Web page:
But border tourism is clearly not for everyone. It’s often only accessible to a privileged few, something Titans’ dire situation underscores. Passengers on board reportedly paid $250,000 for the voyage.

What are the impacts of border tourism?

Besides the unspeakable anxiety that friends and family must endure when things go wrong, there are many other effects of this form of tourism.

This type of travel can cause environmental hazards and negatively impact local communities. For example, after decades of massive mountaineering, the environmental impact of Mount Everest must be addressed.

When accidents do occur, search and rescue efforts can be costly and place rescuers at great risk. The plight of border tourists is often the focus of media coverage, while emergency responders are often ignored.

Sherpas such as Nimsdai Purja are working on this problem recently. With the Netflix documentary 14 Peaks, he explains the behind-the-scenes preparation and heavy lifting that goes into Sherpas guiding and rescuing tourists up Everest and other mountains.

Border tourism won’t disappear

Despite tragedies like the disappearance of the Titans, tourists are still keen to seek the most unique experiences in the most remote and unknown places.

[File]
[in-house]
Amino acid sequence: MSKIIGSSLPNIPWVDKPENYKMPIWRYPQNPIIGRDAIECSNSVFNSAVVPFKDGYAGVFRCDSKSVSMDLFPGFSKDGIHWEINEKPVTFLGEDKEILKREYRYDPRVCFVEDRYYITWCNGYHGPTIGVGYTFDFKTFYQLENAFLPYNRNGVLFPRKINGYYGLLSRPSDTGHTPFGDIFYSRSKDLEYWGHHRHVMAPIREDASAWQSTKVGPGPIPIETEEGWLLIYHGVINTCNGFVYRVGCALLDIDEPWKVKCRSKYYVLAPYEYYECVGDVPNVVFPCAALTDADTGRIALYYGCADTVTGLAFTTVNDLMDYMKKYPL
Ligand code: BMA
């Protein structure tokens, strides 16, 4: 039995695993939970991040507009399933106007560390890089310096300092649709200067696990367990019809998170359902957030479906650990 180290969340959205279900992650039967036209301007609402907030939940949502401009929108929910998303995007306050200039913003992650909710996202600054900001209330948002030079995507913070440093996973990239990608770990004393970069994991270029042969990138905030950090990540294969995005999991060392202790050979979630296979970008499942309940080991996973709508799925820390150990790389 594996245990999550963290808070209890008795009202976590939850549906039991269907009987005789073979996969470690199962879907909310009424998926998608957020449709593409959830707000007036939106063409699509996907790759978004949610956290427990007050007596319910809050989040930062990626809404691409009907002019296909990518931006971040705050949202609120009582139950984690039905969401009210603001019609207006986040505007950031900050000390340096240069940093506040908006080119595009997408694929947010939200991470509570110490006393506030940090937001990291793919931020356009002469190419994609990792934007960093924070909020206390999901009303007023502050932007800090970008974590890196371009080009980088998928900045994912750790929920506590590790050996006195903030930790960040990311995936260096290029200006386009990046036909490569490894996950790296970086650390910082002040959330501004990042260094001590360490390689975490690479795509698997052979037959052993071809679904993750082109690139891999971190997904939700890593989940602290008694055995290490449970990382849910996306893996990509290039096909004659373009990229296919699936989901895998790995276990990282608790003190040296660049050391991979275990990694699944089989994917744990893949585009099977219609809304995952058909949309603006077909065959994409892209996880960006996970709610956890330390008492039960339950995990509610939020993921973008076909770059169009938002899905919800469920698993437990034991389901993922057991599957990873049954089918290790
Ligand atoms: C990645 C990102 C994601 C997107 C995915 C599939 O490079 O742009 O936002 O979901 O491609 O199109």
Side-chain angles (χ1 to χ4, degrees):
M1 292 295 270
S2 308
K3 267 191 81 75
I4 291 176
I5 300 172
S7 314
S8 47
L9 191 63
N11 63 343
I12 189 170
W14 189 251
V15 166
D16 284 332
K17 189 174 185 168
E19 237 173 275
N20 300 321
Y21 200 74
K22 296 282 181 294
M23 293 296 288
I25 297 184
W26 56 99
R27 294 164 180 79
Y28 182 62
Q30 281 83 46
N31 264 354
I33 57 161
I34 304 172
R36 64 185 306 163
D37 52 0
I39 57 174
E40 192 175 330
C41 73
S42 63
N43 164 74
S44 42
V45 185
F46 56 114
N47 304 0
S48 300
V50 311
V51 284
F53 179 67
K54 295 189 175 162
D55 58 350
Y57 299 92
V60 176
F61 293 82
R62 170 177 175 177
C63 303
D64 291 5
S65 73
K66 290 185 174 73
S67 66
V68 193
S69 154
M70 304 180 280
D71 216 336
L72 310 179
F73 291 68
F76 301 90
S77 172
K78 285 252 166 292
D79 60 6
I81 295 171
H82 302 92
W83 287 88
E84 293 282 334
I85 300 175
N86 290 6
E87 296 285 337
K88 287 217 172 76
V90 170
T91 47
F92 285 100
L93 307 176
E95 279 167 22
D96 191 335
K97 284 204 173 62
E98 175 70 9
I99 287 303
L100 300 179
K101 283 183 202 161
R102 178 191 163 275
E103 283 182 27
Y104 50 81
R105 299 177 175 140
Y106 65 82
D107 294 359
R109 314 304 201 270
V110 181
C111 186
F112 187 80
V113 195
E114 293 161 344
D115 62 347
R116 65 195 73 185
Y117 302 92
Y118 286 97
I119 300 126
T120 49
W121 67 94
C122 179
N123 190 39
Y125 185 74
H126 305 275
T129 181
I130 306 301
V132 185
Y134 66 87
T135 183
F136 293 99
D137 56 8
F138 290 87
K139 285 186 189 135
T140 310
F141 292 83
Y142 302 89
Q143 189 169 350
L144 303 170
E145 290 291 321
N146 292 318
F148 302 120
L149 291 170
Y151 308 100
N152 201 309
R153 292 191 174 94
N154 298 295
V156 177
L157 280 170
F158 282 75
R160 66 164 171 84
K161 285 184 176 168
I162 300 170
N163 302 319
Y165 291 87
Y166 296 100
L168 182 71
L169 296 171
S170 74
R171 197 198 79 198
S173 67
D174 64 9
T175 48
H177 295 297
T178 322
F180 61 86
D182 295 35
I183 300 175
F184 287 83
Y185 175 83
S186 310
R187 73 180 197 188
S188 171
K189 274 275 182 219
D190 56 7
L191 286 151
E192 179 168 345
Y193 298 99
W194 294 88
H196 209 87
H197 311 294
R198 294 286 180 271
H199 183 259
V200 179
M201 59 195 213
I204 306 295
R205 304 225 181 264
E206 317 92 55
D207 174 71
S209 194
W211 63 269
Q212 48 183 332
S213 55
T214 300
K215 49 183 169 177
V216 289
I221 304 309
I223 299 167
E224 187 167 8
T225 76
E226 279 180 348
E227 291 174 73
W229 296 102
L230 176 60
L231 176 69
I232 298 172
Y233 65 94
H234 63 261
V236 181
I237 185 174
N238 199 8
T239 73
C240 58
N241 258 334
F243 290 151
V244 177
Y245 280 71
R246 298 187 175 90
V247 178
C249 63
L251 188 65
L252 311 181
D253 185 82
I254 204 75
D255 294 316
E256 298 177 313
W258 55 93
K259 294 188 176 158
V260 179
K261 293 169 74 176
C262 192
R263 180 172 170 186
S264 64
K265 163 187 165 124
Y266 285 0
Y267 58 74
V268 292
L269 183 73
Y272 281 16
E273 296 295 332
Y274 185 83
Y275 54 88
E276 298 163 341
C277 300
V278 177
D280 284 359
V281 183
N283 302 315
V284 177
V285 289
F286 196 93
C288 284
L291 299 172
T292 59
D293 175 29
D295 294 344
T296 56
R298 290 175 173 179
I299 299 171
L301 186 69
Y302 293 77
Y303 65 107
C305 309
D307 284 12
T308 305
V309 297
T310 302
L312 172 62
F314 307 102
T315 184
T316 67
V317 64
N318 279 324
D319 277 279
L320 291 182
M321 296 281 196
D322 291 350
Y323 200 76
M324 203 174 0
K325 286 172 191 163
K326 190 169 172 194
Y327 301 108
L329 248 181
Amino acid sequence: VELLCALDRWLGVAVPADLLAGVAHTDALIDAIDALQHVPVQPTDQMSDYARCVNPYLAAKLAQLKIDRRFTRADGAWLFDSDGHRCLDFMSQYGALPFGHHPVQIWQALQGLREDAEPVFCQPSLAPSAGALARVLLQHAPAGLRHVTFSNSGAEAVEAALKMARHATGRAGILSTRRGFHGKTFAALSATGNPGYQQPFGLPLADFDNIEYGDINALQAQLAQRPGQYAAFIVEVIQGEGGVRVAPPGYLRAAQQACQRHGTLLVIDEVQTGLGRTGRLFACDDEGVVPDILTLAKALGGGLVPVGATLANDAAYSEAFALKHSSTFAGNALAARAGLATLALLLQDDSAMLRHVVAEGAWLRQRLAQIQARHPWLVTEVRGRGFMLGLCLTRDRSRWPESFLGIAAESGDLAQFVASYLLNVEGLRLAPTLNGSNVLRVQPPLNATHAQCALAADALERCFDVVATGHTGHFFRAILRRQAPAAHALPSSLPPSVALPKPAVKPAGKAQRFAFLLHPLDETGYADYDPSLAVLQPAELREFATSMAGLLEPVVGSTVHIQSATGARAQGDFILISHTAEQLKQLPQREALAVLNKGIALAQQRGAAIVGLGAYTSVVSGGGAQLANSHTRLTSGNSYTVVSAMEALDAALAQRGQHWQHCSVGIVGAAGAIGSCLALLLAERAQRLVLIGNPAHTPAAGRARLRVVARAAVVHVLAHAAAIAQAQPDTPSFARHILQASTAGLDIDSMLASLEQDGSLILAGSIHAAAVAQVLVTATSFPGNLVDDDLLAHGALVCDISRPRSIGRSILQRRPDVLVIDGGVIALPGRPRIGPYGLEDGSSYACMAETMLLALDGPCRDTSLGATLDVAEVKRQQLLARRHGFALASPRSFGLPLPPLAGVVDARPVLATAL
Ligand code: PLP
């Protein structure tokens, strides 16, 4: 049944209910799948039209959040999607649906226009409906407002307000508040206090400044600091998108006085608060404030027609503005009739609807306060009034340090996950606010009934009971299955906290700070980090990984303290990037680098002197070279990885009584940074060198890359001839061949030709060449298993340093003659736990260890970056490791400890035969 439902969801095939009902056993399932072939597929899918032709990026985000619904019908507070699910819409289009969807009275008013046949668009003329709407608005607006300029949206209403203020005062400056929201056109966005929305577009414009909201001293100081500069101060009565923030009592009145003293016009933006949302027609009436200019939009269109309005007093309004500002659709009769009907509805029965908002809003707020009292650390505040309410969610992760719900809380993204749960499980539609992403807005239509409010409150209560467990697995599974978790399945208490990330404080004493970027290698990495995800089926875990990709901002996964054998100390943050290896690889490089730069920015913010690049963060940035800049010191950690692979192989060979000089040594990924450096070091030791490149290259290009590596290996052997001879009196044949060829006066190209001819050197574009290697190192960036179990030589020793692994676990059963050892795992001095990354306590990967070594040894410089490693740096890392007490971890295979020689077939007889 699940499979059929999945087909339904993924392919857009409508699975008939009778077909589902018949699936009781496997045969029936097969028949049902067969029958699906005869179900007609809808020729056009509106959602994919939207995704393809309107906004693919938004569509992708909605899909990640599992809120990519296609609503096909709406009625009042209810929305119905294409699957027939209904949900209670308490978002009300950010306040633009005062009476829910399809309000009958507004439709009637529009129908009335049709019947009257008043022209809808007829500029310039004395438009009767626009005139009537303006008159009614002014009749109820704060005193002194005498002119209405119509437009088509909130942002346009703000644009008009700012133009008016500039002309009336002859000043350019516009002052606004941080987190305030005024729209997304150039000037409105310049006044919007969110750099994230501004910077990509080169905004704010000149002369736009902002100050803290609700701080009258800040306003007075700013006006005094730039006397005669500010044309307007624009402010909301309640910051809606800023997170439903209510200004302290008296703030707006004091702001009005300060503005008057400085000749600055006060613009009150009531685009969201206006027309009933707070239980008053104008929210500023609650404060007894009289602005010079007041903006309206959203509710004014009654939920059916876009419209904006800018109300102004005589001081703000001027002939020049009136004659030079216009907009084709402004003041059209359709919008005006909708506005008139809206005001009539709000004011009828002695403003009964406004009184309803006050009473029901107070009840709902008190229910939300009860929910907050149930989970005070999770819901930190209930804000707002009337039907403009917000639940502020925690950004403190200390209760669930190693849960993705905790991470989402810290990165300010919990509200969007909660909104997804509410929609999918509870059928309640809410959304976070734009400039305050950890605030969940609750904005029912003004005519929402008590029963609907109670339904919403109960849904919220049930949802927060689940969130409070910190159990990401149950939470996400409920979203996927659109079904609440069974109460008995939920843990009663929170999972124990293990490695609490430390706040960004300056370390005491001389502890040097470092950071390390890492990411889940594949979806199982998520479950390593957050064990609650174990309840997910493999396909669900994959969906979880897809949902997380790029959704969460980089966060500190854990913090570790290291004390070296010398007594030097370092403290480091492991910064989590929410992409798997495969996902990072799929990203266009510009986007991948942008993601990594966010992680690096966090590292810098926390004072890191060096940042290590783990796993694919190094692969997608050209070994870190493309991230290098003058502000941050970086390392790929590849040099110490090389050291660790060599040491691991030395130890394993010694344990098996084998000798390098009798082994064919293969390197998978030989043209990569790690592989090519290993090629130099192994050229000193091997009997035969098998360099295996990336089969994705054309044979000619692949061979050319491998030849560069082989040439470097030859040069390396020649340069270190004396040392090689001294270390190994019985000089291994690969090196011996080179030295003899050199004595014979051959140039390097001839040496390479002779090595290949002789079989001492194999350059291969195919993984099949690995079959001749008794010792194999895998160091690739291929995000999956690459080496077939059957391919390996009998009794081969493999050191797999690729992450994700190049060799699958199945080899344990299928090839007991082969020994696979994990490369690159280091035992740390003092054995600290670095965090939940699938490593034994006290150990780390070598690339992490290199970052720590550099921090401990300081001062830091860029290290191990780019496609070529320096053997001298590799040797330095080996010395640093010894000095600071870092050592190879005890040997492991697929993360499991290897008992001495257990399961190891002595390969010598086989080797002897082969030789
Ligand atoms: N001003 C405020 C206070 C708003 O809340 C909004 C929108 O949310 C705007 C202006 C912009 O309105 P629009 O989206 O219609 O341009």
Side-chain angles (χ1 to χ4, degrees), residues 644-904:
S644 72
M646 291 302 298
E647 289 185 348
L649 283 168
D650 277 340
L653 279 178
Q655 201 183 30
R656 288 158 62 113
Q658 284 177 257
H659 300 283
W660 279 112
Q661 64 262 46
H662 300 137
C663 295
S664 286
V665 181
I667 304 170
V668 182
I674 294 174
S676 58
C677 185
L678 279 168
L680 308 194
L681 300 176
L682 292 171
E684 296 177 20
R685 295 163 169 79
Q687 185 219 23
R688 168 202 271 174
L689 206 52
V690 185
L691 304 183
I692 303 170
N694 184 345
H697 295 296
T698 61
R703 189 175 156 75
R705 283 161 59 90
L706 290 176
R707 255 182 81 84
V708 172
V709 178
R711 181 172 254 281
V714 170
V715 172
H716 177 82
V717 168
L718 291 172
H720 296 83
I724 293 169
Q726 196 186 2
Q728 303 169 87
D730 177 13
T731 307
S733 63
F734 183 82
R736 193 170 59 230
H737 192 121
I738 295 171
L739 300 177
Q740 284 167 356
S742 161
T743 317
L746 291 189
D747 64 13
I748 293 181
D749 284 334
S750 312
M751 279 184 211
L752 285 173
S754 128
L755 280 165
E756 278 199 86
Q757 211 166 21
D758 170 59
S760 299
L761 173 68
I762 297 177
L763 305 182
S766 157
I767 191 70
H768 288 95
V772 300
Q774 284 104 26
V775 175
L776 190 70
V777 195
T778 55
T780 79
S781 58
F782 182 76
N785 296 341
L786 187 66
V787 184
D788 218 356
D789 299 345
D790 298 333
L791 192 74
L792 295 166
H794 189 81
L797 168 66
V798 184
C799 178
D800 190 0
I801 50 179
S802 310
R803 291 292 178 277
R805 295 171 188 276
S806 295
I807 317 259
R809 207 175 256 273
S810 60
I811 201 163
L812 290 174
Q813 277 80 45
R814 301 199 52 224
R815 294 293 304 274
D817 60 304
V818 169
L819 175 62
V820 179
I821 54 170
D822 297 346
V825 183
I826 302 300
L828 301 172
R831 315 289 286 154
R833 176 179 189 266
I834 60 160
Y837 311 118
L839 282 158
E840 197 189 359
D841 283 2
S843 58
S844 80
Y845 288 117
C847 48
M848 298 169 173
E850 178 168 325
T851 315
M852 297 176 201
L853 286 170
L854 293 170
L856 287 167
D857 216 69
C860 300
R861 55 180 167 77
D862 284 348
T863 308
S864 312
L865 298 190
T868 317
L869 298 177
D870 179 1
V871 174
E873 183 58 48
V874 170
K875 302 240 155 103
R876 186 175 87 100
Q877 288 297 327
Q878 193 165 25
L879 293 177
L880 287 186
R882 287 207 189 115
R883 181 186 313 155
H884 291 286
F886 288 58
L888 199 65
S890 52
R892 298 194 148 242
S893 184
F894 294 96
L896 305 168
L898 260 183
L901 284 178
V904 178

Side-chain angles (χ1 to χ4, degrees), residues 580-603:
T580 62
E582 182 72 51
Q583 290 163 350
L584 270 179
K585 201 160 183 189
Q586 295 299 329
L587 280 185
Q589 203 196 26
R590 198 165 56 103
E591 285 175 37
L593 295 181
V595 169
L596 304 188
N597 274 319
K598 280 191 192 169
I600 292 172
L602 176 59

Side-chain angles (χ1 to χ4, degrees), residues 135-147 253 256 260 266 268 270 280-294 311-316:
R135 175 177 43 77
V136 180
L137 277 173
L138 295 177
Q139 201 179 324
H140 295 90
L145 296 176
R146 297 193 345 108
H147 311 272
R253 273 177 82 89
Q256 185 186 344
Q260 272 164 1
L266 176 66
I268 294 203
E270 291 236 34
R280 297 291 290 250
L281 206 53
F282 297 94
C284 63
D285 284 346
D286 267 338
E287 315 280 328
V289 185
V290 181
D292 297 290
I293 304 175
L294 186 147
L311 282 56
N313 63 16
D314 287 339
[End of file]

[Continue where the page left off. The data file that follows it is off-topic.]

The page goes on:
Tourists are also increasingly feeling able to embark on trips once considered too dangerous, as technology and other innovations have made travel ostensibly safer and more convenient.

In many cases, the danger remains, but the business transaction removes the perceived risk involved. Marketing materials are designed to sell “safe” adventures, and the risks are usually listed in the fine print. Pole diving in Antarctica, for example, is often advertised as safe because participants are tethered to a rope and swim time is limited to prevent hypothermia.

Twenty years ago, when anthropologist Valene Smith predicted the growth of space tourism, he said that what tourists want, the industry will provide. This has become a self-evident truth, as the Titan voyage proved.

The massive growth in border tourism could lead to bigger problems if the industry doesn’t respond in the right way. If travelers are exposing themselves to great risk, whose responsibility is it to ensure their safety and recovery should an accident occur?

Many travel businesses and travel insurance companies advise guests of the risks. However, the requirements for disclosing risks vary from country to country. This means travelers may have to assess the risk themselves, which is fraught with danger if the company has low standards.

One solution is to experience border tourism in a controlled and secure environment through digital storytelling or augmented and mixed reality. However, that may not be enough for adrenaline junkies.

The unpredictability and unintended consequences of frontier tourism are very real things, as the Titan incident demonstrates. While money can allow us to travel almost anywhere, it’s worth considering whether some places should remain untouched, sacred, and completely off-limits. (dialogue)

(This is an unedited and auto-generated story from a Syndicated News feed, the body of content may not have been modified or edited by LatestLY staff)